TORONTO - As the Raptors locker room cleared out following a failed comeback attempt at home to the Nets Tuesday, Rudy Gay was nowhere to be found.
Minutes removed from another poor shooting performance, the Raptors' forward had gone straight to the team's practice facility on the third level of the Air Canada Centre, where he put up shot after shot.
He shot until he made 500 jumpers, undoubtedly tortured by the nine he missed during the game and the one he chose not to take at the end of it.
Trailing by 15 with just over three minutes remaining, the Raptors mounted a furious comeback to set up one final possession, giving them a shot to send the game into overtime or win it outright with a three. With 10.7 seconds on the clock, the ball in Gay's hands as Dwane Casey intended, the forward drove into the lane, Paul Pierce forcing him left. As Kevin Garnett came over to help, the driving Gay found Amir Johnson open in the left corner.
"The look was for Rudy," Casey maintained after Johnson's three hit the side of the rim, sealing Toronto's 102-100 loss to the struggling and undermanned Brooklyn Nets. "They did a good job of double teaming, getting the ball out of his hands."
Once the whistle was blown and DeMar DeRozan inbounded the ball, the power shifts from Casey to Gay, who was given full autonomy to make a decision on the fly in that situation. Facing the Nets' double team and shooting just 3-of-12 on the night, Gay made his decision and it was one the Raptors can live with.
"Rudy could have had a shot, didn't take it and Amir had a clean look," Casey continued. "It was straight, right on line and he works on that shot every day in practice. He had other options but he made that decision and we've got to live with it."
"I trust Rudy in that situation."
Although Gay has far more shot-making experience in end-of-game situations, the Nets forced his hand leaving Johnson in the corner. Given the coverage on the play, Johnson had the best look and his teammates remain confident in his ability to knock it down.
"[Gay] made the right decision," said DeRozan, who led the Raptors with 27 points on 9-of-15 shooting. "Amir was open and that's a three he can make. We will leave it at that. It was a good look, if he hits it we win."
"[Gay] is one of our stars and he made a decision," Kyle Lowry reiterated. "They pushed him left and he hit Amir. Everyone has seen that Amir can hit that corner three, he was open and he [took] a good shot. He just happened to miss it."
After beginning the season 5-for-14 from beyond the arch, Johnson had missed his last five attempts, going seven games without hitting a three. Johnson already has five triples this season, matching his career-best total from last year. It's a shot he works on every day.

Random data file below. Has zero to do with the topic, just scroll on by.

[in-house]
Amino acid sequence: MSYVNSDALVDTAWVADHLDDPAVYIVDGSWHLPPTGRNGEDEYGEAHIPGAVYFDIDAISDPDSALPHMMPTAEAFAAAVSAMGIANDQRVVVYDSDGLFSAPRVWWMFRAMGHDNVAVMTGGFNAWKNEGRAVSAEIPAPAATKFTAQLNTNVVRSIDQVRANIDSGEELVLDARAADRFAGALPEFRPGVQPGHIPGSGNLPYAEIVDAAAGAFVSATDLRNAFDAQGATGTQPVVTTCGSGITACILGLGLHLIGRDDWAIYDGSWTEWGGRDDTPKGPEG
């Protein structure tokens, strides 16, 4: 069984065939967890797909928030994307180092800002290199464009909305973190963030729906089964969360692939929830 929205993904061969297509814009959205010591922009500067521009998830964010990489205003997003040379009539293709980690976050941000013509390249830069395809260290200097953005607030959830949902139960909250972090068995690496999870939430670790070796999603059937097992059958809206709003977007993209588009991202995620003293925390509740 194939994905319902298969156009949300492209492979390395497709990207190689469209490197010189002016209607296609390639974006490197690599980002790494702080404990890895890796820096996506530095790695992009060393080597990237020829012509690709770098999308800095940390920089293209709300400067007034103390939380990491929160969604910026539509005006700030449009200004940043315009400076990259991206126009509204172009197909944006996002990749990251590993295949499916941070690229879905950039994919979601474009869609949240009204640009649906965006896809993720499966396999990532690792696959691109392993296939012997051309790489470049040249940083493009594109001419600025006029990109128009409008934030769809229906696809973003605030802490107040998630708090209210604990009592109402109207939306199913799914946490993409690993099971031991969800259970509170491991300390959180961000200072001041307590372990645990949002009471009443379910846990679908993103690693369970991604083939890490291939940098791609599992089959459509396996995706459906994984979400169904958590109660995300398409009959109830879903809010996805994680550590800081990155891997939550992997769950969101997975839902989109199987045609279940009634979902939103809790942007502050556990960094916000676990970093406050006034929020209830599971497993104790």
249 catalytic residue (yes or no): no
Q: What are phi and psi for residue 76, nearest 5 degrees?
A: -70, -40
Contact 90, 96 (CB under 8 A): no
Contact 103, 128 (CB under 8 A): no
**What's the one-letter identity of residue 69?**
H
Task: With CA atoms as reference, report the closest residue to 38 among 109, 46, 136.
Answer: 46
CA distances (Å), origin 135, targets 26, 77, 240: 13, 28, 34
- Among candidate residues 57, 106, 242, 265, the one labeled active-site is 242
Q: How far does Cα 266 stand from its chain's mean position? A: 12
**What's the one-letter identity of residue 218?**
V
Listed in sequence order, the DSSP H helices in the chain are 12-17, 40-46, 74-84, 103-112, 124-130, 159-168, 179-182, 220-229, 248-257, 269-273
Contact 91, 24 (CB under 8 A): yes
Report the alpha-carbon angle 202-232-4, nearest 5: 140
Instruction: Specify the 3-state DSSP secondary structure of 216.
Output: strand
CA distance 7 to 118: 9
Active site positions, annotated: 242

Still, as Casey would point out - and he did - the game shouldn't have come down to that final possession.
Under-manned and with just three wins in their first 13 games, the disappointing Nets came to play on Tuesday, catching the division-leading Raptors off guard from the get go. Without Deron Williams (ankle), Brook Lopez (ankle), Jason Terry (knee) and Andrei Kirilenko (back) in the lineup, Brooklyn got off to a quick start and out-muscled the hosting Raptors for most of the night, while Toronto relied mostly on the long ball.
"They had us on our heels on both ends of the floor," Casey said, his team outscored by 20 in the paint and allowing the Nets to shoot 51 per cent from the field. "It started on the defensive end. They had us on our heels, they were in attack mode, they made shots and we shouldn't be surprised by that. They have Hall-of-Famers on their team and against those types of teams you've got to throw the first punch. You can't wait to get hit like we did tonight."
"They just out-toughed us a little bit," Lowry said. "They are experienced inside and they roughed us up. We fought hard and we have to do a better job at getting their field goal percentage down."
Lowry, who had 24 points and six assists, sparked the fourth-quarter rally with his opportunistic defence and play making in transition. Gay knocked down a three - only his third field goal of the night - with 24 seconds left to cut Toronto's deficit to one. But for Gay and the Raptors it was too little, too late.
Battling the flu for the bulk of the last week, Gay added seven turnovers to his team-leading total of 48, to go along with just nine points in 32 minutes.
Along with Gay and Tyler Hansbrough, Johnson had also been getting over a bout of the flu. The forward finished 2-of-7 with six points and give rebounds also in 32 minutes of action.
The Raptors have a league-mandated off-day Wednesday before returning to practice Thursday, where they will prepare for Friday's home game against the defending champion Miami Heat.